fe·​roc·​i·​ty | \ fə-ˈrä-sə-tē How to pronounce ferocity (audio) \

Definition of ferocity

: the quality or state of being ferocious the ferocity of the lion's attack

Examples of ferocity in a Sentence

the ferocity of the lion's attack We were stunned by the ferocity of the storm.
Recent Examples on the Web While the fighting inside Turkey has diminished in ferocity, the Turkish military has continued to cross into Iraq to strike P.K.K. targets. New York Times, 20 July 2022 That ferocity intensified in late May, when the ground shook and villagers ran for cover, many darting through smoke plumes and into cellars. Los Angeles Times, 14 July 2022 Dillard worries, with anguish and ferocity, over the problem of suffering. Anthony Domestico, The Atlantic, 5 July 2022 Backed by the potent Blackhearts, as well as stalwart manager/producer Kenny Laguna in his usual residence behind the keyboards, Jett delivered her songs with ferocity balanced by cool, a smile mixed with a sneer. Melissa Ruggieri, USA TODAY, 23 June 2022 The quartet, Schubert’s greatest chamber work, has a rawness and ferocity that almost exceeds what four string players can produce. David Weininger, BostonGlobe.com, 12 June 2022 He is fascinated by the flexibility and ferocity of the human organism, the myriad ways in which the body and its desires can betray us. Adam Nayman, The New Yorker, 3 June 2022 The duration and ferocity of Mariupol’s resistance against a much larger military have been inspiration for Ukrainians across the country. Washington Post, 24 Apr. 2022 Composed of ten tracks of varying ferocity, this album lightens the grunge load, moving toward a softer pop sound and bringing greater texture to De Souza’s pained love songs. Sheldon Pearce, The New Yorker, 21 Dec. 2021 See More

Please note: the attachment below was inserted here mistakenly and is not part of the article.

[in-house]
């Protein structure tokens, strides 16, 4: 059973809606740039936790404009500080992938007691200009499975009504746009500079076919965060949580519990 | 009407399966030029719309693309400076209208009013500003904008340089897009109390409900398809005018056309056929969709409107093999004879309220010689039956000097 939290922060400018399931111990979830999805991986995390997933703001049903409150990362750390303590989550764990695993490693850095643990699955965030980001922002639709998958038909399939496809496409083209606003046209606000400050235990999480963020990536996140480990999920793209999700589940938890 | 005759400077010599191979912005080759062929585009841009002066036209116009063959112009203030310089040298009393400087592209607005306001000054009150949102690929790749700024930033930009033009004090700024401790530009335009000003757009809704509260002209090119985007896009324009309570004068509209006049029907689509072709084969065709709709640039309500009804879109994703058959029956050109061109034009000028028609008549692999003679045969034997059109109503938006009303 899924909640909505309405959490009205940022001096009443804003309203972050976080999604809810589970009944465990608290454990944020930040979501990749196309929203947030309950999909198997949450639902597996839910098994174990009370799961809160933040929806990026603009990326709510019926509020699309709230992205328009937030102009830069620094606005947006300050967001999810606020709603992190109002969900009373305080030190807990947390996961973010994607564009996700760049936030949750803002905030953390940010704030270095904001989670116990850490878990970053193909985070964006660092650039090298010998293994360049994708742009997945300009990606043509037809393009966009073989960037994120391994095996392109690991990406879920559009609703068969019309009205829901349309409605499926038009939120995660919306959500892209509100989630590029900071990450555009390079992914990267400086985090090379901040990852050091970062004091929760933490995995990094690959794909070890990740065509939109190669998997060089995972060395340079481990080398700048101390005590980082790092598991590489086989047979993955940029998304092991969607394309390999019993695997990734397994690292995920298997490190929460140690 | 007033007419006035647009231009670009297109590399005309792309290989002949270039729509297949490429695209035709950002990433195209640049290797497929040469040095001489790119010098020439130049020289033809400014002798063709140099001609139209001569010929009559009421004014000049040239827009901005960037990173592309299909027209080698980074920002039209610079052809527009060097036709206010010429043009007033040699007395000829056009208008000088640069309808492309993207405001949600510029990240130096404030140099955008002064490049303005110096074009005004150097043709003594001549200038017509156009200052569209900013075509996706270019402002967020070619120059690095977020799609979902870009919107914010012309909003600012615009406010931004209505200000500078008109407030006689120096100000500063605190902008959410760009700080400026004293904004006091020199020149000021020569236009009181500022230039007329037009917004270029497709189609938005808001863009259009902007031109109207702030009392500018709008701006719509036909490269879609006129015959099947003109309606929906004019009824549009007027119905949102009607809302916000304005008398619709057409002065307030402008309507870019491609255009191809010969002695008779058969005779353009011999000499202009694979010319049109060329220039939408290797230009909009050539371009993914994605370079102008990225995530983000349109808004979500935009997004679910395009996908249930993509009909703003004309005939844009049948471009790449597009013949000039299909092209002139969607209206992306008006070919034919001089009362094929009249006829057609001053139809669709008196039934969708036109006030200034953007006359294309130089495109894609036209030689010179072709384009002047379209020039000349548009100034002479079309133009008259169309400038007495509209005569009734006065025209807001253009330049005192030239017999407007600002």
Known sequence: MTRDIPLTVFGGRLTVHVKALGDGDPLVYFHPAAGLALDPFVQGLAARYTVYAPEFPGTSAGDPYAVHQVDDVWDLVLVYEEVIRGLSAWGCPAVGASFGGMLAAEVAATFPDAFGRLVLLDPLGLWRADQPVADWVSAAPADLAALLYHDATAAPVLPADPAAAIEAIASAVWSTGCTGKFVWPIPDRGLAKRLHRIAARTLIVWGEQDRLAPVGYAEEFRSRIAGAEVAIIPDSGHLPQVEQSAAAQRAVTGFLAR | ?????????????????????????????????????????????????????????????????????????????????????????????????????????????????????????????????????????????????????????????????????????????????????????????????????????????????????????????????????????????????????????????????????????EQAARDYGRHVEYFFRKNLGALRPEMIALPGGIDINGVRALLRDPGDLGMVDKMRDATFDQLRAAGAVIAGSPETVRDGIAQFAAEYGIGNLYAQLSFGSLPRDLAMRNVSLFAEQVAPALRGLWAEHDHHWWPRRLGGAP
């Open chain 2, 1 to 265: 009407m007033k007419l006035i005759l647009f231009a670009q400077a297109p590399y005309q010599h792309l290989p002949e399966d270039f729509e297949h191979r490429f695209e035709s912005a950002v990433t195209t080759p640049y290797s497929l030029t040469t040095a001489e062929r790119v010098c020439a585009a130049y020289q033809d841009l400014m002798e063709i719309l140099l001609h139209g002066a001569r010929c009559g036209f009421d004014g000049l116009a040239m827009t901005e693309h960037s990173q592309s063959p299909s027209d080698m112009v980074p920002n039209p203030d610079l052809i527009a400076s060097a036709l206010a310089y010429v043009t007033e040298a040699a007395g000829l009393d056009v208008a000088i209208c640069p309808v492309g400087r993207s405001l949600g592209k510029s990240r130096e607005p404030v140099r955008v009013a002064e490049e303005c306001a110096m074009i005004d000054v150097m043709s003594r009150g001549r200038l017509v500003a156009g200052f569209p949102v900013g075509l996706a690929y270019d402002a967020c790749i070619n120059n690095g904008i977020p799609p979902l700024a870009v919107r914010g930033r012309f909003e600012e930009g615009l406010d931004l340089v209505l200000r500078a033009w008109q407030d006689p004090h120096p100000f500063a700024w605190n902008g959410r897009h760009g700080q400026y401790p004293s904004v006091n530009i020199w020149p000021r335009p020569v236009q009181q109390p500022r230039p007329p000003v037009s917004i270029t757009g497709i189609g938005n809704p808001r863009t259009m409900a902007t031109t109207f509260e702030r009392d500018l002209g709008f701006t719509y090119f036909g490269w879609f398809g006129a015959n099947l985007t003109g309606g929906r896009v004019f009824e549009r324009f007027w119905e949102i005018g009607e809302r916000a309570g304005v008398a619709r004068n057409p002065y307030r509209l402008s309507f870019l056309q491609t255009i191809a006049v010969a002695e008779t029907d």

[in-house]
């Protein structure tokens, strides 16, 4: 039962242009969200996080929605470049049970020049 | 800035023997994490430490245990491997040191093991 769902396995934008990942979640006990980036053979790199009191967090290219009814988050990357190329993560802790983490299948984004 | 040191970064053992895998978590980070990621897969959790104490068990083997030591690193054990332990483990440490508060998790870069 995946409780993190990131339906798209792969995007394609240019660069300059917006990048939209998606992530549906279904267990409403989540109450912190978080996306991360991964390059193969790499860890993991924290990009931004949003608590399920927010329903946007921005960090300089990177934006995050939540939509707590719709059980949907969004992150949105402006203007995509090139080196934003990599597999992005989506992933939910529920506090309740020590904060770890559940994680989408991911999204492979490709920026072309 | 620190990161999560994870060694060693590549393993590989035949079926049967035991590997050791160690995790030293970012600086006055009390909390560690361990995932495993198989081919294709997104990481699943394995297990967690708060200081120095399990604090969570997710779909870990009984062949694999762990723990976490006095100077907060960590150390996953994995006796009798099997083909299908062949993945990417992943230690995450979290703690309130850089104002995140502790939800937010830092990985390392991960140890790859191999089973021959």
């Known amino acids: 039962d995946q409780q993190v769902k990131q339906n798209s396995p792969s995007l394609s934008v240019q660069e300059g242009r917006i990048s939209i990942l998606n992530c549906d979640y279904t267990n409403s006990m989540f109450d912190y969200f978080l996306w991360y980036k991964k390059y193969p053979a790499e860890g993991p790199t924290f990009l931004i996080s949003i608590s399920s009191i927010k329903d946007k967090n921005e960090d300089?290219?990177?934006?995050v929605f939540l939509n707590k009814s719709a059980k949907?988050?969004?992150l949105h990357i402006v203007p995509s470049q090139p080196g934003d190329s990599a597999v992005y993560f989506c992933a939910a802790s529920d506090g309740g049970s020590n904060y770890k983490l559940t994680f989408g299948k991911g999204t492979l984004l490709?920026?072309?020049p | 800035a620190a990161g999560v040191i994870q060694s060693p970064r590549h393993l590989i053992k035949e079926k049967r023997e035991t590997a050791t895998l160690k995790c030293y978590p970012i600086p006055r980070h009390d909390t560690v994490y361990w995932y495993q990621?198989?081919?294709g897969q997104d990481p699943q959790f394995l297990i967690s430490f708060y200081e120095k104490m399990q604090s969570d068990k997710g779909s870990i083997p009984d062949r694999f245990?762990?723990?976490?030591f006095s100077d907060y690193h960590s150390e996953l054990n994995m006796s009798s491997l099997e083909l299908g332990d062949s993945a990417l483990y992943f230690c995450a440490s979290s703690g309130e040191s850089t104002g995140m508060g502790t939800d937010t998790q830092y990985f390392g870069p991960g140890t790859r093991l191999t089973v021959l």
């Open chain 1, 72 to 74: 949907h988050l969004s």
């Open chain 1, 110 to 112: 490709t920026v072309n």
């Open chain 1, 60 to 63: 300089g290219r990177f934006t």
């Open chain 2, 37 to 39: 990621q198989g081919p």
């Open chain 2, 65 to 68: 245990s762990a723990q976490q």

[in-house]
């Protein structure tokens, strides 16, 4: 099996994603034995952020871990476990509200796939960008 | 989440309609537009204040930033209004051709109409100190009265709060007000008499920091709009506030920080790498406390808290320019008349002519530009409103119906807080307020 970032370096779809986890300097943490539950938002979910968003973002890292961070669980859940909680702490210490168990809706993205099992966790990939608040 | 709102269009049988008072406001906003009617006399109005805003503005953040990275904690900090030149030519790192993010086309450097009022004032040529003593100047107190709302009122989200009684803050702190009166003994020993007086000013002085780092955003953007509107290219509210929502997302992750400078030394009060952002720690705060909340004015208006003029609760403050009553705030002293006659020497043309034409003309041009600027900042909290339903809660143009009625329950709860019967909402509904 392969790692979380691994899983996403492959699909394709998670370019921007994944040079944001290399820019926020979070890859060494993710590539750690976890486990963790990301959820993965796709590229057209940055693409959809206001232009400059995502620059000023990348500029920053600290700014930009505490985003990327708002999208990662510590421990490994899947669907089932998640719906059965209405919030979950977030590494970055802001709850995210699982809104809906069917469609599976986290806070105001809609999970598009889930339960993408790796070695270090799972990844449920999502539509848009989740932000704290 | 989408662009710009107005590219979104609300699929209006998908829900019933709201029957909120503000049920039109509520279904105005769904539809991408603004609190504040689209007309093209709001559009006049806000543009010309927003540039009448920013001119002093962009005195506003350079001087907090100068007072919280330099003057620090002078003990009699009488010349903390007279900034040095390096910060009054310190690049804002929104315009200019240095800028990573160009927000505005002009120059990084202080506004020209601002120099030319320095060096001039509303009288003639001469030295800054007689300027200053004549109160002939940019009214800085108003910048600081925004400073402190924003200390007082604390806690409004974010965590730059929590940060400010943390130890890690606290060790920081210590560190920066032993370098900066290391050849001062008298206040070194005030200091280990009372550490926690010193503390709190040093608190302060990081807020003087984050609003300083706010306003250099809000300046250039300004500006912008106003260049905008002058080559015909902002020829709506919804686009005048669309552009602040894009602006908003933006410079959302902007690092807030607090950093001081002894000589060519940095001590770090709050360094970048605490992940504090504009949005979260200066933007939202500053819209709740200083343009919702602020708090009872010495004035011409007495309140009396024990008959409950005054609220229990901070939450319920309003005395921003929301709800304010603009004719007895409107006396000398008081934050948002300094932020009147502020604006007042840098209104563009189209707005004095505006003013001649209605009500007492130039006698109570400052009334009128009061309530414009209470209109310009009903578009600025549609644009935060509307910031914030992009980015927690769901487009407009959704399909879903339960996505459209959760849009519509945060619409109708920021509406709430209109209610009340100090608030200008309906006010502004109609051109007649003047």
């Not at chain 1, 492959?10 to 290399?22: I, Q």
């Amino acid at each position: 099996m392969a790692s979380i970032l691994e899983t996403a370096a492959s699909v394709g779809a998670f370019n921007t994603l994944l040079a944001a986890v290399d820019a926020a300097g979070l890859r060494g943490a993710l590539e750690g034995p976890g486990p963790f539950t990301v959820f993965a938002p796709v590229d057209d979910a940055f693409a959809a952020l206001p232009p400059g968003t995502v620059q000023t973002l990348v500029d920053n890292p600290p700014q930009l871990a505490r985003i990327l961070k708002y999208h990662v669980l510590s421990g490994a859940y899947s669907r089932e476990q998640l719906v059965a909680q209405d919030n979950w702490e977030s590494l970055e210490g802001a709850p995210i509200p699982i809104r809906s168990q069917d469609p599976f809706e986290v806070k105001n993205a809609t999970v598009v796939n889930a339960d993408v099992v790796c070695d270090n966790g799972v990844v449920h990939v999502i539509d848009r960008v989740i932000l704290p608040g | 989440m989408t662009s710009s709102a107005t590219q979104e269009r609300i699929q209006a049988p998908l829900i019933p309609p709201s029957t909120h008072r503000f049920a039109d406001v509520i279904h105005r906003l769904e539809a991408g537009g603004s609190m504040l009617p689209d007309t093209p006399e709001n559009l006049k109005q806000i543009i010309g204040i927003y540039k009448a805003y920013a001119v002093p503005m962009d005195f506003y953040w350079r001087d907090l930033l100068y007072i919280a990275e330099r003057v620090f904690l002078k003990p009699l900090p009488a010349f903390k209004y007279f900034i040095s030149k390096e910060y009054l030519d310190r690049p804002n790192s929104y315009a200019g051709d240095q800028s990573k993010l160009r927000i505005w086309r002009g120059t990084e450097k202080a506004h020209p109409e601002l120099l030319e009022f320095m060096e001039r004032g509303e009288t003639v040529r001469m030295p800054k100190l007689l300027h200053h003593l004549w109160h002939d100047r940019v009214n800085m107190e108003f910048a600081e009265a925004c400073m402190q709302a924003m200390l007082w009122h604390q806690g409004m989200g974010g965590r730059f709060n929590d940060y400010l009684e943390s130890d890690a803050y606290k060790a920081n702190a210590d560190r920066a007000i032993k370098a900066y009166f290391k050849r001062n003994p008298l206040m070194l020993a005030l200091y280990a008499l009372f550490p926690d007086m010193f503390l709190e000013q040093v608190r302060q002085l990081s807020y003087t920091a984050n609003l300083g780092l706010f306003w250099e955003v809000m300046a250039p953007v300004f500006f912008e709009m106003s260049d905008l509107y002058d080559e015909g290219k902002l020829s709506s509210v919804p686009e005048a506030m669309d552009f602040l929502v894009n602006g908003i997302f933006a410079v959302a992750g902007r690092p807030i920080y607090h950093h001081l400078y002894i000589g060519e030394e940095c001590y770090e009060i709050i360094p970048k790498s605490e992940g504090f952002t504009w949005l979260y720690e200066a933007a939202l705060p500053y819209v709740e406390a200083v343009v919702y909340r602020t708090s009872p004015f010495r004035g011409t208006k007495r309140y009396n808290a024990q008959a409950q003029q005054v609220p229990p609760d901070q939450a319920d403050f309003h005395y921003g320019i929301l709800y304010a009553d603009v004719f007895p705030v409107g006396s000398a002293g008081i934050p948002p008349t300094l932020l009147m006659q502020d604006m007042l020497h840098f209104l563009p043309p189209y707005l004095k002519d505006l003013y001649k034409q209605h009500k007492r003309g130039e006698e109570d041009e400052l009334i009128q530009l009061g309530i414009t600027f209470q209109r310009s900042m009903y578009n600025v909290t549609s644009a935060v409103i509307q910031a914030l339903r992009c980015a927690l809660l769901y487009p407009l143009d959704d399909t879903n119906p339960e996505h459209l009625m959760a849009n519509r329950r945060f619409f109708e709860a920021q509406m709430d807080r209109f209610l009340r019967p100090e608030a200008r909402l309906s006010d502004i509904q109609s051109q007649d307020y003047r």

These example sentences are selected automatically from various online news sources to reflect current usage of the word 'ferocity.' Views expressed in the examples do not represent the opinion of Merriam-Webster or its editors. Send us feedback.

First Known Use of ferocity

1606, in the meaning defined above

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The first known use of ferocity was in 1606

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Last Updated

24 Jul 2022

Cite this Entry

“Ferocity.” Merriam-Webster.com Dictionary, Merriam-Webster, https://www.merriam-webster.com/dictionary/ferocity. Accessed 14 Aug. 2022.

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More Definitions for ferocity


fe·​roc·​i·​ty | \ fə-ˈrä-sə-tē How to pronounce ferocity (audio) \
plural ferocities

Kids Definition of ferocity

: the quality or state of being fierce or savage


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